In this globalized marketplace, we all have become constant consumers. Encouraged by incessant advertising, we are always searching for the next best thing, with our wallets at the ready. Yet, we rarely reflect on the impact of our purchases after we leave the shop.
Every dollar, pound, euro or riyal we spend is connected to a long chain of commerce, stretched over seas and continents. And the longer the stretch, the smaller the distribution of value of the item purchased. A dress purchased for £100 on the High Street only provides a meagre daily wage for the person who actually made it in a factory in China, Indonesia or India.
Our spending habits are one of the most powerful ways we can express our values and priorities. In 2015 the Kingdom of Saudi Arabia spent $157 Billion on imports. As that money leaves the country, so do the jobs, and indeed a way of life. As conscious consumers we can use the force of our buying to support locally made products which are not only economically important to our communities, but also perpetuate cultural heritage and traditions.
Handicrafts are important in several significant ways. First, items like rugs, jewellery, hand-carved wood and ceramics all tell a story. They represent the identity of the people who made them and give a window into their lives and lifestyles. They are a source of pride, of character and of rich traditions.
Second, authentic handicrafts are made of indigenous raw materials. The need to source these raw materials creates a secondary market and demand for products like woods, gemstones, natural dyes and textiles. This demand creates a ripple effect of economic growth for the suppliers of the raw materials and tools, and in turn, their suppliers.
Third, many handicrafts are traditionally made by women, often in the home. In many countries where it is still difficult for women to work outside the home, selling hand made crafts is a great source of income for women. And studies show that economically empowered women lead to better societies.
For a long time, the best craft items remained in rural areas where traditional products are made and still used. Getting these craft products to bigger markets has been one of the greatest challenges faced by the industry. However, advances in trade and technology are allowing those products to come out of the small villages and compete in the global marketplace. Innovative social entrepreneurs are helping artisans scale their businesses to meet a growing demand for authentic, handcrafted products, while also meeting international quality standards.
A product with a story behind it is always more interesting than a generic item anyone could pick up at Ikea.
A handcrafted basket made by women in Bahrain, using local materials is not only beautiful, it also has impact.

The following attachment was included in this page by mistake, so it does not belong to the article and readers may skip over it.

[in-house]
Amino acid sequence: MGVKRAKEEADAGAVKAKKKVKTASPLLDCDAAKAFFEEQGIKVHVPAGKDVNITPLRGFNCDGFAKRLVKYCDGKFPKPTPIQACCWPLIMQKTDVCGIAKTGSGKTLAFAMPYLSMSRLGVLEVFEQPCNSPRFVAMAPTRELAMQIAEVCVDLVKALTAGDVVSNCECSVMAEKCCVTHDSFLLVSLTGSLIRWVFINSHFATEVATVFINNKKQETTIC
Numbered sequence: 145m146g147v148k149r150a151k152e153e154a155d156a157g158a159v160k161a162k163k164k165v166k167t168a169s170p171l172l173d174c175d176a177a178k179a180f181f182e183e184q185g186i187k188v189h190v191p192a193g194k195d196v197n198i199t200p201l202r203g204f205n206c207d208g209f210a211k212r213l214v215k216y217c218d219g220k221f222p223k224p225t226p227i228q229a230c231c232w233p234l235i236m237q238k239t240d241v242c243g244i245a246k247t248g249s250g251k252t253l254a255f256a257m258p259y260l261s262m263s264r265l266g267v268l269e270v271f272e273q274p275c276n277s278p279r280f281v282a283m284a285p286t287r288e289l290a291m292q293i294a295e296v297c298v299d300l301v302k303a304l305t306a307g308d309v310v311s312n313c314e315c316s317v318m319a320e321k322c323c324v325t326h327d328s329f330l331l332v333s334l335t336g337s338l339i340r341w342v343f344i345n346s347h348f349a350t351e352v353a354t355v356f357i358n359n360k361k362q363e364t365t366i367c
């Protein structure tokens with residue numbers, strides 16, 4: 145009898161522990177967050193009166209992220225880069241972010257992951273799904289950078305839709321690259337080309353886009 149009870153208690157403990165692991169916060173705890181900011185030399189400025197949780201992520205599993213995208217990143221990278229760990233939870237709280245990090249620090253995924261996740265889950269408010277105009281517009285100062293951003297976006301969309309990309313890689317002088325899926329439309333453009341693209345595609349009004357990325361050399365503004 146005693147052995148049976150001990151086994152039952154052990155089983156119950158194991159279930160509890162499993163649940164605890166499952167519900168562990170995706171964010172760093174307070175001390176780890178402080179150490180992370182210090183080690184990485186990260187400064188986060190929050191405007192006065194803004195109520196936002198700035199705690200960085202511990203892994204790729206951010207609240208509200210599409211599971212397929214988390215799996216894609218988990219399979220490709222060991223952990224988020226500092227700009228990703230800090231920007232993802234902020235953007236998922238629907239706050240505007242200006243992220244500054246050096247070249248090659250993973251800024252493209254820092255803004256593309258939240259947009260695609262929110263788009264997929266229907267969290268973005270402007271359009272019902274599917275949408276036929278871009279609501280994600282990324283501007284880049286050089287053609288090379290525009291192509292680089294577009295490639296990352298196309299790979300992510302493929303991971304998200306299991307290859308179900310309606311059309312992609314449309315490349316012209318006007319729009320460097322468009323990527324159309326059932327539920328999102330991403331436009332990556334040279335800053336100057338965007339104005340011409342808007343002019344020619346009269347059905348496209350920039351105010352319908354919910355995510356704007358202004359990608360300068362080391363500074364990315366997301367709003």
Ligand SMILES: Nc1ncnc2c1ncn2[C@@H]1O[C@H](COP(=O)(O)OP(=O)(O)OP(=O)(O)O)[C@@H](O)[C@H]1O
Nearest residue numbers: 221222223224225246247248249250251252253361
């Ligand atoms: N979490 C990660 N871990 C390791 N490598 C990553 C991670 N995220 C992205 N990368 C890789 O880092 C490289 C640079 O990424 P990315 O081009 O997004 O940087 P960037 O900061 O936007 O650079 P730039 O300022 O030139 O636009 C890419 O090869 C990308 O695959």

That basket, when part of a fair-trade supply chain supports a community of small businesswoman. Alone, it would be very challenging for them to sell their baskets in large quantities outside their region, but e-commerce is connecting them to consumers all over the world who value the unique hand-crafted quality and want to support female artisans. This is how we can use our purchasing power to make a real and lasting positive change in the world.
It is crucial to emphasize the role of small businesses as a powerful economic engine fueling national economies at all levels. The “Mom and Pop” shops and businesses are the backbone of our communities, providing the products we need, employing our friends and neighbors and being a source of stability when global markets fluctuate. Small businesses are part of a vital business ecology creating a source of employment for generations. If there are no jobs, we know that younger generations will leave the small towns and villages, and with them goes our culture and way of life.
Importantly, acting as a conscious consumer is not just to be considered a benevolent act of charity, because it is so much more than that.
Hand-crafted products have true personality and more appeal than factory made items found anywhere. They express character, skill and culture.
Some artisans are now working with mainstream designers to create products which combine the traditional with the modern and useful. And through growing ecommerce trade we don’t have to search to the globe to find the unique and beautiful; rather they can be shipped right to our door anywhere in the world.
Your money is your voice in our global economy. Carefully consider your options when shopping for home-décor, jewellery, textiles and special gifts. You can always take the cheap and easy option and pick up something made in a factory in China, growing their economy and all the people between you and that factory worker. Or you can decide to use your money to support a traditional artisan, creating one-of-a-kind products. The secret weapon each country holds within its competitive advantage is its indigenous handicrafts. Use your purchasing power to align your spending with your values. This not only keeps tradition alive, but it is the engine that creates sustainable and vibrant communities and markets.
Siri Trang Khalsa works to create sustainable economic models within the context of international development and social entrepreneurship. She has substantial experience in the public and private sectors and earned a Masters of Public Administration from Harvard’s Kennedy School of Government.